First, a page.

Gregory Druck, Gerome Miklau, Andrew McCallum
Although some have argued that Wikipedia's open edit policy is one of the primary reasons for its success, it also raises concerns about quality --- vandalism, bias, and errors can be problems. Despite these challenges, Wikipedia articles are often (perhaps surprisingly) of high quality, which many attribute to both the dedicated Wikipedia community and ``good Samaritan" users. As Wikipedia continues to grow, however, it becomes more difficult for these users to keep up with the increasing number of articles and edits. This motivates the development of tools to assist users in creating and maintaining quality. In this paper, we propose metrics that quantify the quality of contributions to Wikipedia through implicit feedback from the community. We then learn discriminative probabilistic models that predict the quality of a new edit using features of the changes made, the author of the edit, and the article being edited. Through estimating parameters for these models, we also gain an understanding of factors that influence quality. We advocate using edit quality predictions and information gleaned from model analysis not to place restrictions on editing, but to instead alert users to potential quality problems, and to facilitate the development of additional incentives for contributors. We evaluate the edit quality prediction models on the Spanish Wikipedia. Experiments demonstrate that the models perform better when given access to content-based features of the edit, rather than only features of contributing user. This suggests that a user-based solution to the Wikipedia quality problem may not be sufficient.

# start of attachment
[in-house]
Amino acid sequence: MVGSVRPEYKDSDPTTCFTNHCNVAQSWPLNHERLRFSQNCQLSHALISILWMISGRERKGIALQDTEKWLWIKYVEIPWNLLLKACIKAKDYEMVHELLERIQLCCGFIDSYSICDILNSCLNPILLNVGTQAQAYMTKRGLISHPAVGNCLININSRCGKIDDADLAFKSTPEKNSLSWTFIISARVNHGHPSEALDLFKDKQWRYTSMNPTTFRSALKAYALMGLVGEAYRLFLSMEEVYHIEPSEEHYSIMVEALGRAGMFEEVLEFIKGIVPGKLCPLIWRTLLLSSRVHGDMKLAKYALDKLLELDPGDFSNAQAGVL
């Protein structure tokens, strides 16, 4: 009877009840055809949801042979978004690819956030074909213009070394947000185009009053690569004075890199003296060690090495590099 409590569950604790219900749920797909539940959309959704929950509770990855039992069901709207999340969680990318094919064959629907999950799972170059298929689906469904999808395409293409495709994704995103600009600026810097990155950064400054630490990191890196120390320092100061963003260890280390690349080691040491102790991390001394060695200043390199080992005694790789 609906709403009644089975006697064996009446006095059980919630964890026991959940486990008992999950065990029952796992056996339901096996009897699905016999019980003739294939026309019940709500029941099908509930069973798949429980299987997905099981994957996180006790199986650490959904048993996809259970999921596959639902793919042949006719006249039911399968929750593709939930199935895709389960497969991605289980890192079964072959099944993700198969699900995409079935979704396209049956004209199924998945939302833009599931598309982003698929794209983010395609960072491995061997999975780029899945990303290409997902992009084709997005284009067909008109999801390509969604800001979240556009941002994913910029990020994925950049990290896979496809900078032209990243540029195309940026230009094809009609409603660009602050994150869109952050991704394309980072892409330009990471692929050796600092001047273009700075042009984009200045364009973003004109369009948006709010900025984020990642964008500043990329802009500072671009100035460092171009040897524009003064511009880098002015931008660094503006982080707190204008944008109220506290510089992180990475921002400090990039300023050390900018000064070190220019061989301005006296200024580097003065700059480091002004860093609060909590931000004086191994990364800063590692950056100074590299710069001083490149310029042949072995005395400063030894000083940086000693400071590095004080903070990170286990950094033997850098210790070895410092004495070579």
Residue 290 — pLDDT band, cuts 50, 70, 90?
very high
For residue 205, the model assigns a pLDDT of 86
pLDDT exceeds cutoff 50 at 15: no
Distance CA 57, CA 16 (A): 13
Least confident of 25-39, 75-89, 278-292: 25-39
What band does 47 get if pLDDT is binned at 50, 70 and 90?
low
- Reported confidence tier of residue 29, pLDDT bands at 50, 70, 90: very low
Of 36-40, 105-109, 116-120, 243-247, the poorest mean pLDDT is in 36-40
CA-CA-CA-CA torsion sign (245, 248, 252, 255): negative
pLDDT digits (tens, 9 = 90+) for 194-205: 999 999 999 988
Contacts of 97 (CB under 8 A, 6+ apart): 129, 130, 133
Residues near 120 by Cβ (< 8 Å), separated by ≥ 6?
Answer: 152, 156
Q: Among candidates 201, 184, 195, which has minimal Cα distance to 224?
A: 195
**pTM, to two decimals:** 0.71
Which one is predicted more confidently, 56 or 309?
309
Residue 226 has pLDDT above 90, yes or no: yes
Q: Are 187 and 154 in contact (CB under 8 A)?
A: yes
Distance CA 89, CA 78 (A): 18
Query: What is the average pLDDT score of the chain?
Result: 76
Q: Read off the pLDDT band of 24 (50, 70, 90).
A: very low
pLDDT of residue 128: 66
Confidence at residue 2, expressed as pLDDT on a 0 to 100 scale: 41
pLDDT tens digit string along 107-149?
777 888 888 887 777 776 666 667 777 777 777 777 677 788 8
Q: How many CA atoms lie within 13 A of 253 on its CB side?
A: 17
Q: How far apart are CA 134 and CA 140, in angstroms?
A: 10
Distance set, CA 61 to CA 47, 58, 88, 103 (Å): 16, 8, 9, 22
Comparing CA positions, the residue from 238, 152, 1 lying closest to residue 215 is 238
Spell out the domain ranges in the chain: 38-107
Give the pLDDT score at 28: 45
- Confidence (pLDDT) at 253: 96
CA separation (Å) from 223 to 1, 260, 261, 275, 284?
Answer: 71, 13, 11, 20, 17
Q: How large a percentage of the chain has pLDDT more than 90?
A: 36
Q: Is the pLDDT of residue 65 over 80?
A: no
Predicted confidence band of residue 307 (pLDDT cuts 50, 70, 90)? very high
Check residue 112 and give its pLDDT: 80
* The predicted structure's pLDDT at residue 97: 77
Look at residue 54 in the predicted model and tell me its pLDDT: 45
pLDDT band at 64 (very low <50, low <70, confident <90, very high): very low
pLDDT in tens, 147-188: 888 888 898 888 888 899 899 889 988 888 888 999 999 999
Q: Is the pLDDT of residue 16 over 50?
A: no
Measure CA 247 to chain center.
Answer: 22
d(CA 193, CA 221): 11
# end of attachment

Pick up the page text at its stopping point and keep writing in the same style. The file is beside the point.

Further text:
Subjects: 1. Applications; 12. Machine Learning and Discovery
Submitted: May 5, 2008